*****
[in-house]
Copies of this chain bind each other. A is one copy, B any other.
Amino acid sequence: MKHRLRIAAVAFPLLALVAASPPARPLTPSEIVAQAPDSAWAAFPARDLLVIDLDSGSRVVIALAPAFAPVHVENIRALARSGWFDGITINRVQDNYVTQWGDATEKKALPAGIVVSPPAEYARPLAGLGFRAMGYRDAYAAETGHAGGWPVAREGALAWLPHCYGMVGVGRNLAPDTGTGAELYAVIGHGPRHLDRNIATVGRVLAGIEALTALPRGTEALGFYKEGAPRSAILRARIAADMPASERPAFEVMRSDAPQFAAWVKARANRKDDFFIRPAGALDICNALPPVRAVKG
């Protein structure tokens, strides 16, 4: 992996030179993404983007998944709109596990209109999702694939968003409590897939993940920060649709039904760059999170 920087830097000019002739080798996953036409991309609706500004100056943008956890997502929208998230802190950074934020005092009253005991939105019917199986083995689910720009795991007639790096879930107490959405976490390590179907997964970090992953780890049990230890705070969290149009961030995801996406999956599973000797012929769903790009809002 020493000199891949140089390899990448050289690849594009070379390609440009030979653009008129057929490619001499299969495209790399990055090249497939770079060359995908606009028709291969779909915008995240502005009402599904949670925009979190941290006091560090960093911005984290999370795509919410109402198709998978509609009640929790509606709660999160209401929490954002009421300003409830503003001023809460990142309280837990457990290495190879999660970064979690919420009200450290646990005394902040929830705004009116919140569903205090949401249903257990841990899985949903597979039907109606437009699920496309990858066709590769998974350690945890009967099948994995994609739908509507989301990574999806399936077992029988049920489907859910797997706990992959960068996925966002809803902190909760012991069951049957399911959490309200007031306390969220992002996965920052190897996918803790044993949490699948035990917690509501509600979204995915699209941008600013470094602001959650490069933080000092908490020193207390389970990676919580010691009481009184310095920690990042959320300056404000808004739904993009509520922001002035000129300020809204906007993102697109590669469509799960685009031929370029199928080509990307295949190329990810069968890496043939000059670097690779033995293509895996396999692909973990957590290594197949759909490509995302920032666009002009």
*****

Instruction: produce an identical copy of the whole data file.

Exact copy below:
[in-house]
Copies of this chain bind each other. A is one copy, B any other.
Amino acid sequence: MKHRLRIAAVAFPLLALVAASPPARPLTPSEIVAQAPDSAWAAFPARDLLVIDLDSGSRVVIALAPAFAPVHVENIRALARSGWFDGITINRVQDNYVTQWGDATEKKALPAGIVVSPPAEYARPLAGLGFRAMGYRDAYAAETGHAGGWPVAREGALAWLPHCYGMVGVGRNLAPDTGTGAELYAVIGHGPRHLDRNIATVGRVLAGIEALTALPRGTEALGFYKEGAPRSAILRARIAADMPASERPAFEVMRSDAPQFAAWVKARANRKDDFFIRPAGALDICNALPPVRAVKG
């Protein structure tokens, strides 16, 4: 992996030179993404983007998944709109596990209109999702694939968003409590897939993940920060649709039904760059999170 920087830097000019002739080798996953036409991309609706500004100056943008956890997502929208998230802190950074934020005092009253005991939105019917199986083995689910720009795991007639790096879930107490959405976490390590179907997964970090992953780890049990230890705070969290149009961030995801996406999956599973000797012929769903790009809002 020493000199891949140089390899990448050289690849594009070379390609440009030979653009008129057929490619001499299969495209790399990055090249497939770079060359995908606009028709291969779909915008995240502005009402599904949670925009979190941290006091560090960093911005984290999370795509919410109402198709998978509609009640929790509606709660999160209401929490954002009421300003409830503003001023809460990142309280837990457990290495190879999660970064979690919420009200450290646990005394902040929830705004009116919140569903205090949401249903257990841990899985949903597979039907109606437009699920496309990858066709590769998974350690945890009967099948994995994609739908509507989301990574999806399936077992029988049920489907859910797997706990992959960068996925966002809803902190909760012991069951049957399911959490309200007031306390969220992002996965920052190897996918803790044993949490699948035990917690509501509600979204995915699209941008600013470094602001959650490069933080000092908490020193207390389970990676919580010691009481009184310095920690990042959320300056404000808004739904993009509520922001002035000129300020809204906007993102697109590669469509799960685009031929370029199928080509990307295949190329990810069968890496043939000059670097690779033995293509895996396999692909973990957590290594197949759909490509995302920032666009002009």